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investors met government officials on monday to have discussions and ask how it would avoid defaulting on its $60 billion debt mountain. but they were left in the dark. let's cross over to sao paulo. daniel, these figures are simply staggering. yes. there are two figures that you mention, the first is the $200 million. it is a pretty big number. we've heard some of the ratings agencies today saying venezuela can make that payment and exit the default status in the coming days. however not many people believe that. the same ratings agency said there's a 50% chance that venezuela may again default on another debt. that's the $200 million question. the big one is about 300 times that size, which is the overall debt that venezuela wa nts to the overall debt that venezuela wants to renegotiate with investors. that picture is not clear because the meeting last night didn't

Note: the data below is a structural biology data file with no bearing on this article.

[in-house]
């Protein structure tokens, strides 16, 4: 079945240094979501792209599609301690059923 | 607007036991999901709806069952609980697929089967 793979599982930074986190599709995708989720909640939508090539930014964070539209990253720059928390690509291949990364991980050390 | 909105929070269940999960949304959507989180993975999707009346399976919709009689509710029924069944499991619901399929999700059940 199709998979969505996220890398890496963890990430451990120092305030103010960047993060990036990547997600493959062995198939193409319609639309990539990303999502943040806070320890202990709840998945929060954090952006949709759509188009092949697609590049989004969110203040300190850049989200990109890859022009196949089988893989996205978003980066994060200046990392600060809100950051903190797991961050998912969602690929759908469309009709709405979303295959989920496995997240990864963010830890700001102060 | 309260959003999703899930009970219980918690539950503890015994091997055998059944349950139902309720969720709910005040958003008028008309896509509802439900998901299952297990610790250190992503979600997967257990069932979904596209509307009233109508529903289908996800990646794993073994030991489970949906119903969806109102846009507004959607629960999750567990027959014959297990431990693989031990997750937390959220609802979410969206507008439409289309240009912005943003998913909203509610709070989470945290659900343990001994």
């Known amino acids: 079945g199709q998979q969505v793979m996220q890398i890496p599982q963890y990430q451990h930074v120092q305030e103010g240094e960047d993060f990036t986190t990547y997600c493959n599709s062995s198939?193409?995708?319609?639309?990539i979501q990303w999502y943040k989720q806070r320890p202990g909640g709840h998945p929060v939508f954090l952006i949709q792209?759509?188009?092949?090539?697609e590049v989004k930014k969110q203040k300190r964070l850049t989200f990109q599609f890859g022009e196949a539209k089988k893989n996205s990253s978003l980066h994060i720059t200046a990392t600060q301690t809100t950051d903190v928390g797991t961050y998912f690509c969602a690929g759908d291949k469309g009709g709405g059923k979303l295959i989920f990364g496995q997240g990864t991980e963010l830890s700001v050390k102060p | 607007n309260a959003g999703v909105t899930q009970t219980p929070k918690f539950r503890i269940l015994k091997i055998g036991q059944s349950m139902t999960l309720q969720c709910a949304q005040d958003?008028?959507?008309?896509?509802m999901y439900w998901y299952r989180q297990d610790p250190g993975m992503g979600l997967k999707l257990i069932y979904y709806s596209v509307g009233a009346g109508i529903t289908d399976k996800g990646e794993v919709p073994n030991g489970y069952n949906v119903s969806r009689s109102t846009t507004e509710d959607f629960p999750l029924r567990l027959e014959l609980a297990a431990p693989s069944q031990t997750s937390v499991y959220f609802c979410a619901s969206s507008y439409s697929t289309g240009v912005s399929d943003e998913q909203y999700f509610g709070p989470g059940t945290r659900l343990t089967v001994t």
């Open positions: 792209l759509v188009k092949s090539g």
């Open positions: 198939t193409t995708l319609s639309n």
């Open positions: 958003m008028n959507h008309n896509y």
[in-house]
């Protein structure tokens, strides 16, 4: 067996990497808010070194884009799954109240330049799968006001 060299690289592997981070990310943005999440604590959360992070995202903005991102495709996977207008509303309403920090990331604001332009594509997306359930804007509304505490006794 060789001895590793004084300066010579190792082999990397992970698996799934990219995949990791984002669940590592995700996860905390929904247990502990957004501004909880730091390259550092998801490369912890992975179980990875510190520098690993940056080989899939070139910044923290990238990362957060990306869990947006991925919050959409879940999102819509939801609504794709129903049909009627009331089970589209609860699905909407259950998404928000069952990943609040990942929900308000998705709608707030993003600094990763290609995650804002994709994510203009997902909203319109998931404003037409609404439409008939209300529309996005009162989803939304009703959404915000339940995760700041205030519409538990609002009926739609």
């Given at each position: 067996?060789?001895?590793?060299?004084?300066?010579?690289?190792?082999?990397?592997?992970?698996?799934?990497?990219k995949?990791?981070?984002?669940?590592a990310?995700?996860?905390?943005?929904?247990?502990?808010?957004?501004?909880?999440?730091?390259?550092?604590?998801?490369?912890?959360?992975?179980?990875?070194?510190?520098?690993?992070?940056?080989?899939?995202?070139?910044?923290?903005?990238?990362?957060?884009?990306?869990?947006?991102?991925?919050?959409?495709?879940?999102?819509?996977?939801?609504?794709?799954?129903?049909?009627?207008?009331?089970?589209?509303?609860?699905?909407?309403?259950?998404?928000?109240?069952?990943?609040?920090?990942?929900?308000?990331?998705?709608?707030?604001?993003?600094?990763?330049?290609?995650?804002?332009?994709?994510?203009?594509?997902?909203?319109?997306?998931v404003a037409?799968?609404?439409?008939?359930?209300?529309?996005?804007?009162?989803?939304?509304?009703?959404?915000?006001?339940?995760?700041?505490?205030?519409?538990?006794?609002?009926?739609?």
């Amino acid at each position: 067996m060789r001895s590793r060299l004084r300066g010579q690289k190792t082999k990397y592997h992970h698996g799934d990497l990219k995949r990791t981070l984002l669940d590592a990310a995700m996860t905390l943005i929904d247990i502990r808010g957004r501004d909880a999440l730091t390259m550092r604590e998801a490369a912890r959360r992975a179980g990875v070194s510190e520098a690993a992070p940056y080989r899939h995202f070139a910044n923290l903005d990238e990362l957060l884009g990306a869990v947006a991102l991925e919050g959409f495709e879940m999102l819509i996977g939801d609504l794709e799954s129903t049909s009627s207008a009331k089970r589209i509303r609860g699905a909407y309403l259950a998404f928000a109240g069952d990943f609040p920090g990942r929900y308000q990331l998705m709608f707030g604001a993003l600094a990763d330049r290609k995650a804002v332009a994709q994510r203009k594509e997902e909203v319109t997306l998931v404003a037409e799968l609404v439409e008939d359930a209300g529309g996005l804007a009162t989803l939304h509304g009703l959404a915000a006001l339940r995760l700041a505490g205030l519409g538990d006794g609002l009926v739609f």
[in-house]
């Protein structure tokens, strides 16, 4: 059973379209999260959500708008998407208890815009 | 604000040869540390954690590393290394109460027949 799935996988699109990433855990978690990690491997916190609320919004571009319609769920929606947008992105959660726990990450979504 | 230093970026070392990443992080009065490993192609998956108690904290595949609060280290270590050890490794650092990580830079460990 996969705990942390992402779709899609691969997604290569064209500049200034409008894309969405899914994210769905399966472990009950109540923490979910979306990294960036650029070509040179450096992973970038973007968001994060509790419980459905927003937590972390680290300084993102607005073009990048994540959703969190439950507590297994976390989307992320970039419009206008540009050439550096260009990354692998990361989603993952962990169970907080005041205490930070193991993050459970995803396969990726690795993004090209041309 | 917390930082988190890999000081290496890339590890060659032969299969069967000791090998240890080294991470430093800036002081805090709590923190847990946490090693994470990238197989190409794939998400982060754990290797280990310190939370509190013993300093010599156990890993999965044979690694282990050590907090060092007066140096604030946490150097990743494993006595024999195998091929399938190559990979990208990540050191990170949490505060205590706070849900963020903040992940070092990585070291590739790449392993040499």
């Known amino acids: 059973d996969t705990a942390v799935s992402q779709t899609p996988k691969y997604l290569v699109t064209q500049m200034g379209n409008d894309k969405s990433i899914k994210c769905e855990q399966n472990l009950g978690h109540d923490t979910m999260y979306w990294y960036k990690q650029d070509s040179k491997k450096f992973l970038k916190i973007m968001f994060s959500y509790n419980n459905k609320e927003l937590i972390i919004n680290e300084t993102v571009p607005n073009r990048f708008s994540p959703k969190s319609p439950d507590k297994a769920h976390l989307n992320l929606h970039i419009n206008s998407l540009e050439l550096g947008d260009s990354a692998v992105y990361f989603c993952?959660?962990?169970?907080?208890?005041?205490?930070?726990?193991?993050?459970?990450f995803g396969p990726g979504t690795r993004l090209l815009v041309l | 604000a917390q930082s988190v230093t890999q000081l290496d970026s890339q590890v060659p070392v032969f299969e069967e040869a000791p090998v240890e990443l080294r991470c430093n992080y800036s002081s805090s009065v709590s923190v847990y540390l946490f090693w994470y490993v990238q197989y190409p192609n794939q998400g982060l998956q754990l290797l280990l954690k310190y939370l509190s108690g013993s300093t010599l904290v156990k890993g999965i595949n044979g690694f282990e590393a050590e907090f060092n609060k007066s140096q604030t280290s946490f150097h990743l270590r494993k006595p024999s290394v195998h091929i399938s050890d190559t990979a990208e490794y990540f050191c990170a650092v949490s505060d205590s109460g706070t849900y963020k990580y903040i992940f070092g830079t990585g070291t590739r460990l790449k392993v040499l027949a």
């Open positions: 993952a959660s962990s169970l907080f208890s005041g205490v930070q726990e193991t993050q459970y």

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provide any clarity. so there's a $200 million question, but the $60 billion question is the one that will keep the whole country in suspense. the figures are absolutely extraordinary, but it's hard to imagine then, but what is easy to imagine then, but what is easy to imagine is what's happening to the people. because they have no food quite simply. there are shortages in the shops, daily life is incredibly difficult at the moment. yes. and you know, the perspective for venezuelan people in the future is not very good because of all the debt. supposing that the government stops paying its debt for now, it will have some more money, which it could provide for its citizens. but also, venezuela will run the risk of suffering new sanctions from economic partners abroad. so many of the oil shipments that it sends abroad they can be seized by investors who want to get paid. so the picture for the economy is not a